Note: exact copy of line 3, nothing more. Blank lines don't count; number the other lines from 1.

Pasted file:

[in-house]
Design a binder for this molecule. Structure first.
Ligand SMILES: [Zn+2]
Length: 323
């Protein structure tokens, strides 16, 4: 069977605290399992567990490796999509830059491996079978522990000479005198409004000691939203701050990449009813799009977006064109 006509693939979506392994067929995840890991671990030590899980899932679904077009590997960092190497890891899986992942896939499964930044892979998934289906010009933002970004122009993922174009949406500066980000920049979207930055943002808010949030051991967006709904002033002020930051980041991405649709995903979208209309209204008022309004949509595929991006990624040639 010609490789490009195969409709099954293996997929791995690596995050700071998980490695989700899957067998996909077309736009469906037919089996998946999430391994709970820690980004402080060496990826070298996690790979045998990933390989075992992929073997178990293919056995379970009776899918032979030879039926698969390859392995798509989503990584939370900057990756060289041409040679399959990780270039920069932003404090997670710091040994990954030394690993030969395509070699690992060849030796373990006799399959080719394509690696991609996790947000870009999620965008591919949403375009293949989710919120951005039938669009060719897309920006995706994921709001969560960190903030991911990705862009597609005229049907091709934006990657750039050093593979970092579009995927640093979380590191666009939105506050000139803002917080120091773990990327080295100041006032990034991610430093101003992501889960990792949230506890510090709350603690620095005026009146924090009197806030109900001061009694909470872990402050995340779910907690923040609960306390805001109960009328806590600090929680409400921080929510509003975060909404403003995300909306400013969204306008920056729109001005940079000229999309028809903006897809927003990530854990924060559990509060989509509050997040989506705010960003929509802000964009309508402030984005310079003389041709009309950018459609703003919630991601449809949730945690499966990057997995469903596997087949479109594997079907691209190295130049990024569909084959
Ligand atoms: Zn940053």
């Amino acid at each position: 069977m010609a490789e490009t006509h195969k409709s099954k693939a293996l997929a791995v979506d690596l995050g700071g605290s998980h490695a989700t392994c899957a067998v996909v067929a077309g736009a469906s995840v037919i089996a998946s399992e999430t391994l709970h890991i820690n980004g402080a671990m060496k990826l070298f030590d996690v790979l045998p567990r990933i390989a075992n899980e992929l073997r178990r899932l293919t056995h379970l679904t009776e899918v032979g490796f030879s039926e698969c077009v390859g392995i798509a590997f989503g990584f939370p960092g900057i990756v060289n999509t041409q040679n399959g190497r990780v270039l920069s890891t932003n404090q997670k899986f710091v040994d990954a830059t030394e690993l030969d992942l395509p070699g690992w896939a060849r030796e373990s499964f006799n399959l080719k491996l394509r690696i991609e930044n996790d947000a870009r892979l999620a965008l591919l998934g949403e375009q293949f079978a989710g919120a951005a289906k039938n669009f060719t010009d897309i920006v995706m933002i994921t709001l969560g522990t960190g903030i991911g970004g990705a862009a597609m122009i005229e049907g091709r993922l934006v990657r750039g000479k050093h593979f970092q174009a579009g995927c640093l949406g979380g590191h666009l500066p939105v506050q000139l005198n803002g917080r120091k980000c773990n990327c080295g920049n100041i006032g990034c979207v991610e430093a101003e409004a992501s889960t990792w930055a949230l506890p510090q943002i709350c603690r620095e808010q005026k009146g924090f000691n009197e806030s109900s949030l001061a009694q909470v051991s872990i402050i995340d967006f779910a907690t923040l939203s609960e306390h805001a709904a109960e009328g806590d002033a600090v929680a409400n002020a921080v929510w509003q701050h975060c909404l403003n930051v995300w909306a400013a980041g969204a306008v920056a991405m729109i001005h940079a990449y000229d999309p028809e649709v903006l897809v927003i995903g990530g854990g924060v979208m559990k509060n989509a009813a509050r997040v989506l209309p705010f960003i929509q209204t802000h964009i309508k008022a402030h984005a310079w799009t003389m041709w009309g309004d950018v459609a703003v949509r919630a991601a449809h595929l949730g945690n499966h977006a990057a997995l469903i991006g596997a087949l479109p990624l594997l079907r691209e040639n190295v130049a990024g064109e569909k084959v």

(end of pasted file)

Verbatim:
Ligand SMILES: [Zn+2]